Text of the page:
The start of every school brings many challenges to a teacher. Every class has it's own dynamic, there are different students with different needs and expectations, and there are the names. The kids have it easy, they have to learn eight new names, many of which they already knew. Teachers, on the other hand, have to learn a bunch and, preferably, quickly!
I the States this didn't ever seem to be a huge challenge; if I had a couple Amber's or Dillon's (or Dylan's) they just weren't seated near each other. Amber and Dillon didn't expect me to learn their middle names and call them by it as well. I also didn't run into too many nicknames in the States. Sure, there were a few but the entire class rarely referred to David as "Booger," just his close friends.
Let's travel south to Colombia. I still get that here. It's not uncommon to have a few too many Mateo's, Daniela's, Laura's, or Isabela's. The trick comes when that is not their whole name. The majority of the people here, it seems, have four names. Two first names that they are often called together, and two last names, the first from their father and the second from their mother. (Incidentally, it is very easy to trace family lineage here!)
My first year here I had five Juan Camilo's. (The two names together remember.) I also had a Juan Sebastian, a Juan Jose, a Juan Manuel, a Juan Francisco, a Juan David, and a Juan Pablo. Fortunately, or unfortunately, depending on how you want to look at it, none of my Juan Camilo's went by "Juan Camilo" - all went by their last name only; a skill they no doubt learned early on when there are five of you in the same graduating class. That year I also had an abundance of Maria "something's: Camila, Isabel, Paula, Paulina, etc. The last two young ladies both went by an abbreviated "Mapi" and were in the same class.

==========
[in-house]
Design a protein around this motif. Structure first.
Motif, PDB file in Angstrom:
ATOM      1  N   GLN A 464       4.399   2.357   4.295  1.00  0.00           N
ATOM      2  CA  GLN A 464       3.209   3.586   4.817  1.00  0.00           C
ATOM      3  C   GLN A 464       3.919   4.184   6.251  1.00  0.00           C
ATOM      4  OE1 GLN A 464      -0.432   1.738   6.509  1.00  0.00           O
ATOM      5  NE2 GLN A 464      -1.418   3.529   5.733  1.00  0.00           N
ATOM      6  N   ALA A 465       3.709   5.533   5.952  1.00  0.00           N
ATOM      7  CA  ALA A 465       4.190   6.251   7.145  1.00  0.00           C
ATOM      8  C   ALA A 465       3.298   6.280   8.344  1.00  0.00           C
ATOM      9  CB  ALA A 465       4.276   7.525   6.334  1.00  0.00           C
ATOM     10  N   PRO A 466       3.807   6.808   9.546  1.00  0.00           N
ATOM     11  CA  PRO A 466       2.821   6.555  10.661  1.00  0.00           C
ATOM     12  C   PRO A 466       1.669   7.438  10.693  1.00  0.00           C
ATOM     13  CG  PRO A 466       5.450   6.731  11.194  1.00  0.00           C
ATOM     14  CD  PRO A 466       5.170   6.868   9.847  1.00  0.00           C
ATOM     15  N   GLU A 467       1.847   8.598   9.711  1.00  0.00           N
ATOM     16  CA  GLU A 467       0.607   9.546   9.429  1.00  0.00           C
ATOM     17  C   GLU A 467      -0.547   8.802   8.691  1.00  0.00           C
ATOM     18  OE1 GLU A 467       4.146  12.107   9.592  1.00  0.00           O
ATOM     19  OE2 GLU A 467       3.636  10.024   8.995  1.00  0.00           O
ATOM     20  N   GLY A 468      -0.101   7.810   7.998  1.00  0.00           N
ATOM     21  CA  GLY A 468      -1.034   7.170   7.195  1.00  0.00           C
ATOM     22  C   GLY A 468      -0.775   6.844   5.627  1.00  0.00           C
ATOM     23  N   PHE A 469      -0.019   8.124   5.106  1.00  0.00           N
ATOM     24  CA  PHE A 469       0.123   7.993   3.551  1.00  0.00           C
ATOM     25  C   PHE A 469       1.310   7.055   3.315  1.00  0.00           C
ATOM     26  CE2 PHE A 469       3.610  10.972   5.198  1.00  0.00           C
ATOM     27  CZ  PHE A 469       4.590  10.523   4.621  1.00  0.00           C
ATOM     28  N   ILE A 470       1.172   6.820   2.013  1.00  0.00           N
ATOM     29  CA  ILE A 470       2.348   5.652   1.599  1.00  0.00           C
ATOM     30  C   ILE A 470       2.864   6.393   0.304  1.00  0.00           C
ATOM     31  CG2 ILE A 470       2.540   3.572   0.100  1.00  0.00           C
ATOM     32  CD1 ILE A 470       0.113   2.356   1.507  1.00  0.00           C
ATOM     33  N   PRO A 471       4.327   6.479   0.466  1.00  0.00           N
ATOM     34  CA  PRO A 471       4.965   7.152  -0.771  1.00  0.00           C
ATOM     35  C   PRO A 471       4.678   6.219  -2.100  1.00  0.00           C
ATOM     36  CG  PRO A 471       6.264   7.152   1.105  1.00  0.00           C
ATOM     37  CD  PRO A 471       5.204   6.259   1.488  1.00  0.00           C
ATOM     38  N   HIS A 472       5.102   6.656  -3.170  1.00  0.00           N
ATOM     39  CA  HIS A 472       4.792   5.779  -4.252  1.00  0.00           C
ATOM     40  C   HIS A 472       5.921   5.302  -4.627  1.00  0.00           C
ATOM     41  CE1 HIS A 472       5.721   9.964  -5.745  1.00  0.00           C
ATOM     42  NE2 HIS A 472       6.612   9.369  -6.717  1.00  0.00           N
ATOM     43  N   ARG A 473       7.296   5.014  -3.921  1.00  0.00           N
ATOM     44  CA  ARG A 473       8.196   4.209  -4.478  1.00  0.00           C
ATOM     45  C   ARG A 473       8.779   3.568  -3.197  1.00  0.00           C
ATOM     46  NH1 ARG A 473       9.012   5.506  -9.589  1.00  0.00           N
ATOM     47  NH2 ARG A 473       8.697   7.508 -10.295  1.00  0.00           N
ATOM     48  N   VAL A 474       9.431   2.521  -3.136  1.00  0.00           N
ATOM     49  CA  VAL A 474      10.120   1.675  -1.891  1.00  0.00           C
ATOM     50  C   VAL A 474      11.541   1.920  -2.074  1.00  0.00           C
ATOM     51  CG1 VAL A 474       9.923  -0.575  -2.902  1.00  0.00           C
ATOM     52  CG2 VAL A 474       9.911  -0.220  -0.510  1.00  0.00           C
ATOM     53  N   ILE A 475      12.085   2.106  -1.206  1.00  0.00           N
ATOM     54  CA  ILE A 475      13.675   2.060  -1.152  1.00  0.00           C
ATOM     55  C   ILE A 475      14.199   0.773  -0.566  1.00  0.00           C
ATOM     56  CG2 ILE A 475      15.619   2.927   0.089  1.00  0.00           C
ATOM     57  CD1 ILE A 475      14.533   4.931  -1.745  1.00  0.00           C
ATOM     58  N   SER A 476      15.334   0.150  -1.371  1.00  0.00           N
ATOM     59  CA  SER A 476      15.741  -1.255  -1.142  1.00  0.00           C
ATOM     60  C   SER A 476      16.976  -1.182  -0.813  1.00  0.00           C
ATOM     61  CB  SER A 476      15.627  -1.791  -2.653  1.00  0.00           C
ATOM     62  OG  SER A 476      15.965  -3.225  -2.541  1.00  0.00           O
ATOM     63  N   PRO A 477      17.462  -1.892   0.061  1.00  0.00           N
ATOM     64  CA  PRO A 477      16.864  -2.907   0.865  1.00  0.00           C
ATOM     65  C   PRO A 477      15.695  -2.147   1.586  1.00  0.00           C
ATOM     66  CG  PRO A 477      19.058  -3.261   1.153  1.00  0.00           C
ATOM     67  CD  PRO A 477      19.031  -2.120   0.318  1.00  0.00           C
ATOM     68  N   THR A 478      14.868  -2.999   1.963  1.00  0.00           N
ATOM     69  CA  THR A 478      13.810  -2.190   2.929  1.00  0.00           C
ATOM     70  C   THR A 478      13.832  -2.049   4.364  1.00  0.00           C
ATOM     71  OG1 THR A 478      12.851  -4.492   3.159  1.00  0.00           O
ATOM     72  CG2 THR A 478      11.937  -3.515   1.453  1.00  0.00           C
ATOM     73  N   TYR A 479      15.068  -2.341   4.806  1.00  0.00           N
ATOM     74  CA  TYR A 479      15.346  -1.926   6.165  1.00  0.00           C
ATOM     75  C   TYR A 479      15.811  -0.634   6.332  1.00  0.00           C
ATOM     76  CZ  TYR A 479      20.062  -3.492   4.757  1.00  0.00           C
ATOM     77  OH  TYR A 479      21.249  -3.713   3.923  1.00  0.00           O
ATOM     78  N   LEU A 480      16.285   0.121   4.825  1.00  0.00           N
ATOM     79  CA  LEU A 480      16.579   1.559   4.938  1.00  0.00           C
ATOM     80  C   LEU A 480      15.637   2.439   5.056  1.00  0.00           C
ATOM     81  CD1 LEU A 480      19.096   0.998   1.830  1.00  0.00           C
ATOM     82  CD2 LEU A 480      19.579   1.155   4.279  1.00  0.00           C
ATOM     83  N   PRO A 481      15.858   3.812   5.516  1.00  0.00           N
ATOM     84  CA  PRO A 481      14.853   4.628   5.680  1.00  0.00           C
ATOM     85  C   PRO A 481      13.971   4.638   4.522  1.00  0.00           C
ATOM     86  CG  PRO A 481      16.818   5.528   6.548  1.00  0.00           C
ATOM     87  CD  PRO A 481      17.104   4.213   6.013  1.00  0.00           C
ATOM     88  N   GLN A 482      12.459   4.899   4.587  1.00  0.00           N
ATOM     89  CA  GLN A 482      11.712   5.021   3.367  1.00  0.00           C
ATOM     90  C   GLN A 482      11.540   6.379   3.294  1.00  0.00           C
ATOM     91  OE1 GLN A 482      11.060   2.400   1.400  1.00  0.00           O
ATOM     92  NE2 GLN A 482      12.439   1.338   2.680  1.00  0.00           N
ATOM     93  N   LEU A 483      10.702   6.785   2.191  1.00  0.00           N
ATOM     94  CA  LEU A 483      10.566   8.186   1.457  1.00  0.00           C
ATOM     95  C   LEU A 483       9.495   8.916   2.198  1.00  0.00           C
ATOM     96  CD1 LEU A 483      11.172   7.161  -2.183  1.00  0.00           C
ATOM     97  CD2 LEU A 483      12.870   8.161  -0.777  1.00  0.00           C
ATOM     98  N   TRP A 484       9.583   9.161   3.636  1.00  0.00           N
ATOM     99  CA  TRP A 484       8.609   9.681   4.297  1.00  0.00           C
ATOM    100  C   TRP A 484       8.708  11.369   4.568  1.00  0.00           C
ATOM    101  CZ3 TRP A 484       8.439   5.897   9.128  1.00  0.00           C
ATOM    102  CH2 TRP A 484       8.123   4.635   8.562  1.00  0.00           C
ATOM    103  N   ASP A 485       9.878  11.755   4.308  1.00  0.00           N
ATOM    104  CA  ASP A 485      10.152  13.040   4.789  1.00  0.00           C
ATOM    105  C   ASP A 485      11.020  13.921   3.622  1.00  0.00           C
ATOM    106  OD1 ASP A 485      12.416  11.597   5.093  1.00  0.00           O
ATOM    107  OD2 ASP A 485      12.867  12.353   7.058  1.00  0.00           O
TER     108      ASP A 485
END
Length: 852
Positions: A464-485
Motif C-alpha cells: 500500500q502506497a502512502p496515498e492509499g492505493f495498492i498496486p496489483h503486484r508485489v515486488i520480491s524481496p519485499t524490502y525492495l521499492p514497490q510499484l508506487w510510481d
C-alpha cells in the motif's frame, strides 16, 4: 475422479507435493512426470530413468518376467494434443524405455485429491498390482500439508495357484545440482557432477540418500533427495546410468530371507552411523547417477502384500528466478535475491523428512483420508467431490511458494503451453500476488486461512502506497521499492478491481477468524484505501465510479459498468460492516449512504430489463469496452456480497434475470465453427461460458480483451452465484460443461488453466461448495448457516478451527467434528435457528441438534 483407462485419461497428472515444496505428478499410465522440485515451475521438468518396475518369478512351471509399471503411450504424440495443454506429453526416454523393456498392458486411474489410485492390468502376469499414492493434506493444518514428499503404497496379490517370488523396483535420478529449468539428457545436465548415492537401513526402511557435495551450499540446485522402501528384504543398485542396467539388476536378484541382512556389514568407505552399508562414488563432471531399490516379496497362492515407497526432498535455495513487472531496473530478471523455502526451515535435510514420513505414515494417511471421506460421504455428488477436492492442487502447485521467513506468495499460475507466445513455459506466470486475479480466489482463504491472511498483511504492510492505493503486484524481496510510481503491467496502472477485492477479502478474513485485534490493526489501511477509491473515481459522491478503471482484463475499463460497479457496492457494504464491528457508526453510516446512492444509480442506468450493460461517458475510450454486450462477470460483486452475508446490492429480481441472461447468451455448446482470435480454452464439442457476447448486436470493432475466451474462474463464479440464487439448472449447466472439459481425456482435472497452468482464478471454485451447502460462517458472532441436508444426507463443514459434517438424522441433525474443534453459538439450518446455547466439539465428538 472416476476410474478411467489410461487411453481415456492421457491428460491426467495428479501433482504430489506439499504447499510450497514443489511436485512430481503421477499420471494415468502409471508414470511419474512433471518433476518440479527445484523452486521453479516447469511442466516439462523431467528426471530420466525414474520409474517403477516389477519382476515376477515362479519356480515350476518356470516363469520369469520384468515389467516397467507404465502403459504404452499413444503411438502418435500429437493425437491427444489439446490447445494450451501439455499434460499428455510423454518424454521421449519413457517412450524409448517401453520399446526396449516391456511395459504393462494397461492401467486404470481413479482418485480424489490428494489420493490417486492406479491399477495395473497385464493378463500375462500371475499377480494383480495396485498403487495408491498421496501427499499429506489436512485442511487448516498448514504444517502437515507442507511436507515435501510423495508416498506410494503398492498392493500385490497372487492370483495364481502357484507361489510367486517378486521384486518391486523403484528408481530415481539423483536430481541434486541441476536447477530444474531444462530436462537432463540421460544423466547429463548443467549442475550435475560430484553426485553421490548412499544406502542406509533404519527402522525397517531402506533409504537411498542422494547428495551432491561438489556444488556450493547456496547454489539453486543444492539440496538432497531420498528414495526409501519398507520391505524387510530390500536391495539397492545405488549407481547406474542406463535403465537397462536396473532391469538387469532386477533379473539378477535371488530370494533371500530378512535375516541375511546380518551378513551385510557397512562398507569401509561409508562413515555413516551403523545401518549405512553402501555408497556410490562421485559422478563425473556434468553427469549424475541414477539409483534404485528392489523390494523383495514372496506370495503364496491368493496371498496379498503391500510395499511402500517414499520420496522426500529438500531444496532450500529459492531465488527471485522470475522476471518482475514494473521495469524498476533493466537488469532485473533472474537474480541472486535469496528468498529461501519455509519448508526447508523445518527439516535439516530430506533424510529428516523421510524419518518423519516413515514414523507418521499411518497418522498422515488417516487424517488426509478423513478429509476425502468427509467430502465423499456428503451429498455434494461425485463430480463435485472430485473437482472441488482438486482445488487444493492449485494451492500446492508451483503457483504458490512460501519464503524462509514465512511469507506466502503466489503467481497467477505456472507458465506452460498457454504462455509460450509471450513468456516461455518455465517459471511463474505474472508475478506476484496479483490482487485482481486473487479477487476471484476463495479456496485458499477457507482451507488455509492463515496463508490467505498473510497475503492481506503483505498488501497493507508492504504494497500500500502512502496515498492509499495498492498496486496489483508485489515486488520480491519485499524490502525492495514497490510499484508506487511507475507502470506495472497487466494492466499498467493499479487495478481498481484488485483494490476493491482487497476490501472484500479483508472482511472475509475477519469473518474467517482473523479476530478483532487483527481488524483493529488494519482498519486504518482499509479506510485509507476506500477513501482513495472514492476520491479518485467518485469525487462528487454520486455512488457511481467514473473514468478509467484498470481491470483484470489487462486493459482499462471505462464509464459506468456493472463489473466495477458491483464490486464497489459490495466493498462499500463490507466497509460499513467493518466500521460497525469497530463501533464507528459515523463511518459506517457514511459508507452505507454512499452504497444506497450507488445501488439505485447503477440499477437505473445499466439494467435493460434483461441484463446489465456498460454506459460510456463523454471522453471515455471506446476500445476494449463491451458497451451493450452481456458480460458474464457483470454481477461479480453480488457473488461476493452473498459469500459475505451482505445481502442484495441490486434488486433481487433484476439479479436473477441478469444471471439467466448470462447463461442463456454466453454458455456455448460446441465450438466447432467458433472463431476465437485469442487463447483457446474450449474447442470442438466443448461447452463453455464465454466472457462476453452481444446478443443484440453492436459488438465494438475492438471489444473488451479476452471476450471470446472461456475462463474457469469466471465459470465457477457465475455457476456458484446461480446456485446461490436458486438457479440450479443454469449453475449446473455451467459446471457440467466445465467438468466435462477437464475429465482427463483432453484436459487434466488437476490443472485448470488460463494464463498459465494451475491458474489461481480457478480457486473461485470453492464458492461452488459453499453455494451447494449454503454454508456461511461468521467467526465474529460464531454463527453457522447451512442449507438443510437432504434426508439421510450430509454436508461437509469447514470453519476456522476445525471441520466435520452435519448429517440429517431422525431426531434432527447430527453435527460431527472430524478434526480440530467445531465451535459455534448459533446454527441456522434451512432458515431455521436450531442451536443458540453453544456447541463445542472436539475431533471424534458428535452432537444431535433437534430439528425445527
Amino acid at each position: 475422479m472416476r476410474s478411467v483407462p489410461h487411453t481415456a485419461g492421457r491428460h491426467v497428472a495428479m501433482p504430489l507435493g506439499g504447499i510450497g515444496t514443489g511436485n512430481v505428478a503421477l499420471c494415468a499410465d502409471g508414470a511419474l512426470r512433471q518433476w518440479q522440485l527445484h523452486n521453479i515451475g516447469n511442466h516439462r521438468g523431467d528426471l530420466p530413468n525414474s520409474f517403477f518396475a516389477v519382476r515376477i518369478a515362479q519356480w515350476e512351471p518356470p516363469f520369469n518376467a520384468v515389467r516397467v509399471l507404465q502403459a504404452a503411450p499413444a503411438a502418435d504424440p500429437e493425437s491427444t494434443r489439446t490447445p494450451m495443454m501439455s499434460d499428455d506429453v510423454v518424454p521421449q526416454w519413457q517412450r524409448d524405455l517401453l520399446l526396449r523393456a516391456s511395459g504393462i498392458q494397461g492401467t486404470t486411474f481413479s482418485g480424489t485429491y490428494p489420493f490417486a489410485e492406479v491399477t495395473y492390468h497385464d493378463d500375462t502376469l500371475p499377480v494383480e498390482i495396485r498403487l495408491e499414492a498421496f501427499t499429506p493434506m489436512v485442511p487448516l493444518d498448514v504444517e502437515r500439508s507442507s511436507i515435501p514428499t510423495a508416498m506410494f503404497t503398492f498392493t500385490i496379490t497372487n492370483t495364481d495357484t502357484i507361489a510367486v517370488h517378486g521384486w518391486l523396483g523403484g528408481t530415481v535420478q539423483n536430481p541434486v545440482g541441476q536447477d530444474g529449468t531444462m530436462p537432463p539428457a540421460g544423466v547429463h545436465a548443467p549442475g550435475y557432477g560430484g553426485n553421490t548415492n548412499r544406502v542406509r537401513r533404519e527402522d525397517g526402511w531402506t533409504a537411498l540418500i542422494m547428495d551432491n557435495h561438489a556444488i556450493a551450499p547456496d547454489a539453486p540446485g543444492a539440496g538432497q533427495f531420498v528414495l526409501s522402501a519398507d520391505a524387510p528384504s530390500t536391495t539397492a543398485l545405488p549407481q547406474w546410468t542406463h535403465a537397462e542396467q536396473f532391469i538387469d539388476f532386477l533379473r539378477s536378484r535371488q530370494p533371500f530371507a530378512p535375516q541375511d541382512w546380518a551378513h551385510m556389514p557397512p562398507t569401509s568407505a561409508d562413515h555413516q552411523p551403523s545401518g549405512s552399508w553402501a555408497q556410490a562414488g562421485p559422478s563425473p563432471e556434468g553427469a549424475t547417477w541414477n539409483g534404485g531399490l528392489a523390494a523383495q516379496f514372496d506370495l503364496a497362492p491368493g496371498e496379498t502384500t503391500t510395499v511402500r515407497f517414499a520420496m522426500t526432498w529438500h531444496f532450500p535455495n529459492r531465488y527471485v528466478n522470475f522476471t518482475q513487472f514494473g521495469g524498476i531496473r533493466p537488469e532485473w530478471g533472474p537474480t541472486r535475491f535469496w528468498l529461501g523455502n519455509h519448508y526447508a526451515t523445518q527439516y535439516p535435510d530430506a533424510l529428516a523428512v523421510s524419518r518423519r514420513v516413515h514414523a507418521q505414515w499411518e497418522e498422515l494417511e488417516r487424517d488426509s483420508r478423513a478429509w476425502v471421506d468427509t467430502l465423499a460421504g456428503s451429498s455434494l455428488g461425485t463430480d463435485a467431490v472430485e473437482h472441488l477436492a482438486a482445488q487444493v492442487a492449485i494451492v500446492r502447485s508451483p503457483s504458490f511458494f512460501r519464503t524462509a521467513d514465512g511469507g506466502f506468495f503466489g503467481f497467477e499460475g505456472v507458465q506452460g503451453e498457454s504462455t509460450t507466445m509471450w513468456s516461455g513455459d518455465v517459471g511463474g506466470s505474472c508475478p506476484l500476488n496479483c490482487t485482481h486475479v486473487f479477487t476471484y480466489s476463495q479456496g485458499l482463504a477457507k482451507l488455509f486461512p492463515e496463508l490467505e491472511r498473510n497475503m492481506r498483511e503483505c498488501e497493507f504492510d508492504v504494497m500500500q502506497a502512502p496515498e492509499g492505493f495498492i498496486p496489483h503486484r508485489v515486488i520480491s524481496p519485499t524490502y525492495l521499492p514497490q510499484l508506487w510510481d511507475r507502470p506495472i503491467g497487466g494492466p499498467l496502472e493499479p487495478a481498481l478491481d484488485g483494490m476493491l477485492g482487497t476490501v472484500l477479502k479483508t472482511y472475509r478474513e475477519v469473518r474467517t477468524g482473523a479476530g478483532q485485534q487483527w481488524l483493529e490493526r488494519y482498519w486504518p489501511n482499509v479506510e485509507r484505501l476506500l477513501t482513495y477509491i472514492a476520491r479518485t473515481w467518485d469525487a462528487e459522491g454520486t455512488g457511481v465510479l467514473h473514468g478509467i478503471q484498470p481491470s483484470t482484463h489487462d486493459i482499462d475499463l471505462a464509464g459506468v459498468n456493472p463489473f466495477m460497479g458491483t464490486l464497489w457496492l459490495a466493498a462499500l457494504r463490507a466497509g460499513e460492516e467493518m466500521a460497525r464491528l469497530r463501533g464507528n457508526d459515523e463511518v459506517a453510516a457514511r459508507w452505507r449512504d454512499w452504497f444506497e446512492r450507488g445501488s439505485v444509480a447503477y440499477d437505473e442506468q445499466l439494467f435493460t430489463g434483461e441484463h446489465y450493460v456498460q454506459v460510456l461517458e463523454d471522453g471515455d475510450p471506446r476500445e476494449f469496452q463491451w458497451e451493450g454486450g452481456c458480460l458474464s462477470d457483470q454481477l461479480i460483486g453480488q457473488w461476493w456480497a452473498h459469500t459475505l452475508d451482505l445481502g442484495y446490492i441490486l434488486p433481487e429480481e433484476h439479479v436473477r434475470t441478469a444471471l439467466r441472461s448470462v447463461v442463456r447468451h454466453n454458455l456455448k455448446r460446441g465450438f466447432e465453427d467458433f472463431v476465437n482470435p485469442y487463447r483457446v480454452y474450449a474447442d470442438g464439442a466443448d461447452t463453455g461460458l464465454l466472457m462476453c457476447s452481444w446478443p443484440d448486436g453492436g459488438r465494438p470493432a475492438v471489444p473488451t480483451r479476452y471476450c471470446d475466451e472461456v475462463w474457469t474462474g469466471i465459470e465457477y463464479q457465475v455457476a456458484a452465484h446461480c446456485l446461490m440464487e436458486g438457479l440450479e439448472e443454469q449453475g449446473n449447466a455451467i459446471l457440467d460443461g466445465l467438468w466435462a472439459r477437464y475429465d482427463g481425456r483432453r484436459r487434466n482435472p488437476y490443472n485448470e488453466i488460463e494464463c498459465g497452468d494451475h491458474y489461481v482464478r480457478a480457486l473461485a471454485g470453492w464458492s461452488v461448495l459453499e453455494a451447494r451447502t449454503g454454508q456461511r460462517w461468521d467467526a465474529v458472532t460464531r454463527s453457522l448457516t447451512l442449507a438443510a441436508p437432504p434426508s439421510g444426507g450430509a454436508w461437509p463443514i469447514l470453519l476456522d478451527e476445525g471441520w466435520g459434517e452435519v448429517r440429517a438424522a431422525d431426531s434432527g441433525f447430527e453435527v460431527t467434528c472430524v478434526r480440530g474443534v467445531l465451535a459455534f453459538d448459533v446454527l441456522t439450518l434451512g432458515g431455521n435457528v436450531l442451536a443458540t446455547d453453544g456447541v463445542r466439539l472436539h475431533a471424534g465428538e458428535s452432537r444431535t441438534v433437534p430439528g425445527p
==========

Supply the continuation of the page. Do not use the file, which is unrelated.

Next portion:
The first year I was also wrestling with pronunciation. Having that under control my second year, I thought would make learning the names easier. I remember being momentarily pleased to see only one a few Juan Camilo's and no Maria Camila's. Suddenly, however, I had five Santiago's and four Valentina's; I had neither my first year! There were the omnipresent Juan and Maria "something's" but not necessarily in replicate. My bigger challenge turned out to be the nicknames.
The first year there were a few bizarre ones, in the sense that it was not related to any of their given names or surnames at all. There was "Chumba," "Tigre" (who got it when she came to school in second grade wearing a Tigger backpack), "Nano," and "Negro." If there were others, I can't remember, and that is what I call them when I see them around campus.
That second year was a zoo of nicknames, literally. I had "Hormiga" (ant), "León" (lion - although it was also his last name), "Mono" (monkey, and also "blond") and "Pollo" (chicken). Ironically, there was also a guy they called "Chicken" because his last name was Gallo, which is literally "rooster" in Spanish. There was kid who had moved to Cali a year from somewhere along the Caribbean coast so he became "Costeño," a name referring to anyone from that region. And, believe me, there were more...
The class lists this year look pretty tame. Again, I'll be up to my ears in Juan Camilo's and variations of Maria but the Santiago's and Valentina's seem to be in check once again. I do however have two Luis's - a Miguel and a Manuel - so that should be fun. The only new name comes in duplicate with two Tatiana's. There are three Juliana's inconveniently placed in the same period. Daniela seems to be the most popular name of the year with a grand total of four.
So, after I master the three Gabriel's and three Gabriela's from the three Alejandro's and three Alejandra's (and one Maria Alejandra), I should have a pretty easy time. Then I'll start attaching last names...